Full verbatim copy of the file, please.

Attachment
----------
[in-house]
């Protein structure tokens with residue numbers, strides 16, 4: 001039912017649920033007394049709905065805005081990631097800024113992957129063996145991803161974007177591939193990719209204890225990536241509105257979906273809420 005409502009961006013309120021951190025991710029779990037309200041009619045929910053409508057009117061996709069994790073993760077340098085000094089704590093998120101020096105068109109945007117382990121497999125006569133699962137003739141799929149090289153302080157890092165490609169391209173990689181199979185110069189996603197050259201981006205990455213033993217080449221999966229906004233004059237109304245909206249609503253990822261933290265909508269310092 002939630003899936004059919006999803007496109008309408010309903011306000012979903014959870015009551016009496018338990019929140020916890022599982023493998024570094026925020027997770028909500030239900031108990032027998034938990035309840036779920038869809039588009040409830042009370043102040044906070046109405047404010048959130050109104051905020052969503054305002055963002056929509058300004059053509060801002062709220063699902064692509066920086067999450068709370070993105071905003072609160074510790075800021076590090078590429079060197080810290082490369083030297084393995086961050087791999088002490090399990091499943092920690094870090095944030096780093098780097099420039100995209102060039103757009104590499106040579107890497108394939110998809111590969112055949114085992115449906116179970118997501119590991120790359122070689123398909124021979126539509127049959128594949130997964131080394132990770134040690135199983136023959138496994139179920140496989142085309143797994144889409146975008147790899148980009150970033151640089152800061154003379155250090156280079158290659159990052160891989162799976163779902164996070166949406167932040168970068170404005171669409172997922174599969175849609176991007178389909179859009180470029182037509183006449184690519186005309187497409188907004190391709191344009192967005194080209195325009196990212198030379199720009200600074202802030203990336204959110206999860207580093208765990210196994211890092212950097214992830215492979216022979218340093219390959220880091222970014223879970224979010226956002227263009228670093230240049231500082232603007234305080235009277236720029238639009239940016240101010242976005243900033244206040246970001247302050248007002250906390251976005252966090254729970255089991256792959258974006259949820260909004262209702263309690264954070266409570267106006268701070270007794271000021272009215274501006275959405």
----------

[in-house]
């Protein structure tokens with residue numbers, strides 16, 4: 001039912017649920033007394049709905065805005081990631097800024113992957129063996145991803161974007177591939193990719209204890225990536241509105257979906273809420 005409502009961006013309120021951190025991710029779990037309200041009619045929910053409508057009117061996709069994790073993760077340098085000094089704590093998120101020096105068109109945007117382990121497999125006569133699962137003739141799929149090289153302080157890092165490609169391209173990689181199979185110069189996603197050259201981006205990455213033993217080449221999966229906004233004059237109304245909206249609503253990822261933290265909508269310092 002939630003899936004059919006999803007496109008309408010309903011306000012979903014959870015009551016009496018338990019929140020916890022599982023493998024570094026925020027997770028909500030239900031108990032027998034938990035309840036779920038869809039588009040409830042009370043102040044906070046109405047404010048959130050109104051905020052969503054305002055963002056929509058300004059053509060801002062709220063699902064692509066920086067999450068709370070993105071905003072609160074510790075800021076590090078590429079060197080810290082490369083030297084393995086961050087791999088002490090399990091499943092920690094870090095944030096780093098780097099420039100995209102060039103757009104590499106040579107890497108394939110998809111590969112055949114085992115449906116179970118997501119590991120790359122070689123398909124021979126539509127049959128594949130997964131080394132990770134040690135199983136023959138496994139179920140496989142085309143797994144889409146975008147790899148980009150970033151640089152800061154003379155250090156280079158290659159990052160891989162799976163779902164996070166949406167932040168970068170404005171669409172997922174599969175849609176991007178389909179859009180470029182037509183006449184690519186005309187497409188907004190391709191344009192967005194080209195325009196990212198030379199720009200600074202802030203990336204959110206999860207580093208765990210196994211890092212950097214992830215492979216022979218340093219390959220880091222970014223879970224979010226956002227263009228670093230240049231500082232603007234305080235009277236720029238639009239940016240101010242976005243900033244206040246970001247302050248007002250906390251976005252966090254729970255089991256792959258974006259949820260909004262209702263309690264954070266409570267106006268701070270007794271000021272009215274501006275959405």